Journal of neuroscience research

Insufficient endogenous redox buffer capacity may underlie neuronal vulnerability to cerebral ischemia and reperfusion.

PMID 21971686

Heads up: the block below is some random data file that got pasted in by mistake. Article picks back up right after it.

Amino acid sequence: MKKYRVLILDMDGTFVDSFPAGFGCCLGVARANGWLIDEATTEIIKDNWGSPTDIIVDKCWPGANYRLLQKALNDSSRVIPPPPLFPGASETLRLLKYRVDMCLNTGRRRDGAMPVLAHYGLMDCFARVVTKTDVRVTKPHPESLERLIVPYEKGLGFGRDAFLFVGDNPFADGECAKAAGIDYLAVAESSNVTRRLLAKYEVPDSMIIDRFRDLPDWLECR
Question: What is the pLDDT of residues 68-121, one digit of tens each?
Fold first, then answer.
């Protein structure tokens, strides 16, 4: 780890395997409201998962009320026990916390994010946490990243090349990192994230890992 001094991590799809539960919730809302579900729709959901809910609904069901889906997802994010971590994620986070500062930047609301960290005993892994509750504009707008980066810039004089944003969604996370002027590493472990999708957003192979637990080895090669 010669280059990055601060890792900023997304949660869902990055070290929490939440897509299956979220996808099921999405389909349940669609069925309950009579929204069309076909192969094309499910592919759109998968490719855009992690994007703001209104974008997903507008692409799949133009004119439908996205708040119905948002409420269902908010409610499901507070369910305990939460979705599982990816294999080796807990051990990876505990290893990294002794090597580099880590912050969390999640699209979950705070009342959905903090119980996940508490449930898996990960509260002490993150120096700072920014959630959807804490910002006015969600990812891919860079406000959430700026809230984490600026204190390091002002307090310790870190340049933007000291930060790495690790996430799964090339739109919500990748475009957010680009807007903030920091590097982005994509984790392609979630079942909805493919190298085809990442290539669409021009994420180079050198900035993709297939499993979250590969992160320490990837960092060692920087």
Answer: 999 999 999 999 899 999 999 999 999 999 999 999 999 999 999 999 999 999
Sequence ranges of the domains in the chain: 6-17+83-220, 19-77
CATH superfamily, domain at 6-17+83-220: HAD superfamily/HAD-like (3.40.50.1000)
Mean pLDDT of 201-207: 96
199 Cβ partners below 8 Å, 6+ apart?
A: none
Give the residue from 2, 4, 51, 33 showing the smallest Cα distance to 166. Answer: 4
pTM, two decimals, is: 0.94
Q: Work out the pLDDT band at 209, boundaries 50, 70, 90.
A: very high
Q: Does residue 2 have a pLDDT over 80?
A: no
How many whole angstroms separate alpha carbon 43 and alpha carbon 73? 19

Reactive oxygen species (ROS) are key players in ischemia-induced neurodegeneration. We investigated whether hippocampal neurons may lack sufficient redox-buffering capacity to protect against ROS attacks. Using organotypic hippocampal slice cultures (OHSCs) transiently exposed to oxygen and glucose deprivation (OGD) and gerbils suffering from a two-vessel occlusion (2VO) as complementary ex vivo and in vivo models, we have elucidated whether the intrinsic redox systems interfere with ischemia-induced neurodegeneration. Cell- type-specific immunohistological staining of hippocampal slice cultures revealed that pyramidal neurons, in contrast to astrocytes and microglia, express free thiols only weakly. In addition, free thiol levels were extensively decreased throughout the hippocampal formation immediately after OGD, but recovered within 24 hr after reperfusion. In parallel, progressive glia activation and proliferation were observed. Increased neuronal exposure to ROS was monitored by dihydroethidium oxidation in hippocampal pyramidal cell layers immediately after OGD. Coadministration of reduction equivalents (α-lipoic acid) and thiol-stimulating agents (enalapril, ambroxol) decreased ischemia-induced neuronal damage in OGD-treated OHSCs and in gerbils exposed to 2VO, whereas single drug applications remained ineffective. In summary, limited redox buffering capacities of pyramidal neurons may underlie their exceptional vulnerability to cerebral ischemia. Consistently, multidrug treatments supporting endogenous redox systems may offer a strategy to promote valid neuroprotection.